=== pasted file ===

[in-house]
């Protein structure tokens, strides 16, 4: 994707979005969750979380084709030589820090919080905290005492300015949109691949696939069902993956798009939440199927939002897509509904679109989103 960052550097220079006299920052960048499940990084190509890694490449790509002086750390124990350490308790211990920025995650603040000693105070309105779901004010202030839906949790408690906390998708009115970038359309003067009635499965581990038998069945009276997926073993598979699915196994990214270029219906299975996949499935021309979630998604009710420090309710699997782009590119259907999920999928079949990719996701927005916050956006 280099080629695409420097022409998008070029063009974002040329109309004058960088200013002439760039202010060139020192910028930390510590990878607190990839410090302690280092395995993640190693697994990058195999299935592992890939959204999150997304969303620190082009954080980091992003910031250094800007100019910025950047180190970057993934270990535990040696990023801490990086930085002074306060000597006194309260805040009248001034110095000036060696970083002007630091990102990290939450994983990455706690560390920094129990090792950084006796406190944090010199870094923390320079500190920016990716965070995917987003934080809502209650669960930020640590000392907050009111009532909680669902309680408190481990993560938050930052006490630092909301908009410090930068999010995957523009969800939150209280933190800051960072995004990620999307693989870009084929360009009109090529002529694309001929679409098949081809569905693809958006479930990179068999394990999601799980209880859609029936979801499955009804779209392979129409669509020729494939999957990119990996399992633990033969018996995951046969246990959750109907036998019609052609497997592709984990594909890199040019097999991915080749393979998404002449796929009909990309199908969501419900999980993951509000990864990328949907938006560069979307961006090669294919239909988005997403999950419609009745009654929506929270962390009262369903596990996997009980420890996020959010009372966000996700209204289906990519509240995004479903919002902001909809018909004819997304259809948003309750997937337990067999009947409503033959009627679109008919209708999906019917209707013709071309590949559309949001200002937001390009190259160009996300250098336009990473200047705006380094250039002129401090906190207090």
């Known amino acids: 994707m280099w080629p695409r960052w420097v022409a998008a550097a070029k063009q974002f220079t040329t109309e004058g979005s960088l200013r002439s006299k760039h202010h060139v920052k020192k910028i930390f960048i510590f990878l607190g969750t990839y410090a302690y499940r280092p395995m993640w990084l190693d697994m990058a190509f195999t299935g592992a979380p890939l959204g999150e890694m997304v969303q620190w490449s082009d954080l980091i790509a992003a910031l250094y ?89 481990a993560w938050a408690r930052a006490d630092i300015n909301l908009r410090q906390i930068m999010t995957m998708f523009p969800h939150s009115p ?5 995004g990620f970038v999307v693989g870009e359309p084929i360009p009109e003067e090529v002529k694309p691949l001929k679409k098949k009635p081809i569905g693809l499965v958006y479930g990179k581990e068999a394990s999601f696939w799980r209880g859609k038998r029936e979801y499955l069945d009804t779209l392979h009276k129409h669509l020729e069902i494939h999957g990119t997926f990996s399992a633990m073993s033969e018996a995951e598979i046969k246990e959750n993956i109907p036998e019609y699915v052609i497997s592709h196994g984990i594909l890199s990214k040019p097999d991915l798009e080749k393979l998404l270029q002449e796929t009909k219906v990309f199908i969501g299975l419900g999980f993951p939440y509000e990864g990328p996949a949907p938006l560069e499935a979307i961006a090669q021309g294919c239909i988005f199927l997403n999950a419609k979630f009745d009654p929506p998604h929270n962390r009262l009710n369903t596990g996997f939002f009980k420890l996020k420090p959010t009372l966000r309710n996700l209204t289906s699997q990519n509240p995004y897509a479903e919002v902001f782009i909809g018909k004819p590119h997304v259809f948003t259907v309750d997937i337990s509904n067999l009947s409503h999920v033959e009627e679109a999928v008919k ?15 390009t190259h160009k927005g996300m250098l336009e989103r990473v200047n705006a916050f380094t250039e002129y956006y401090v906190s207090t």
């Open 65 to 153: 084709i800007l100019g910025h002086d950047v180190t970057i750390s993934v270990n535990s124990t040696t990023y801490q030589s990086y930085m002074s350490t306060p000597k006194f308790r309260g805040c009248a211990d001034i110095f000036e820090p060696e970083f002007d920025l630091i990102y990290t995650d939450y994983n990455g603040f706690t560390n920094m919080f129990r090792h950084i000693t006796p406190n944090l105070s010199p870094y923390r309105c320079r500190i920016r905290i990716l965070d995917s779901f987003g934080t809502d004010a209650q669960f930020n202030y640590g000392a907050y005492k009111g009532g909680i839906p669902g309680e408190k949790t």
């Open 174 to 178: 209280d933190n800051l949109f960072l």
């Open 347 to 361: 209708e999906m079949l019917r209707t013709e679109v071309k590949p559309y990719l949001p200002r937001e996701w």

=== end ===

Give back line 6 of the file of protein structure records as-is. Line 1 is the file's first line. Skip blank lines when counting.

């Open 347 to 361: 209708e999906m079949l019917r209707t013709e679109v071309k590949p559309y990719l949001p200002r937001e996701w």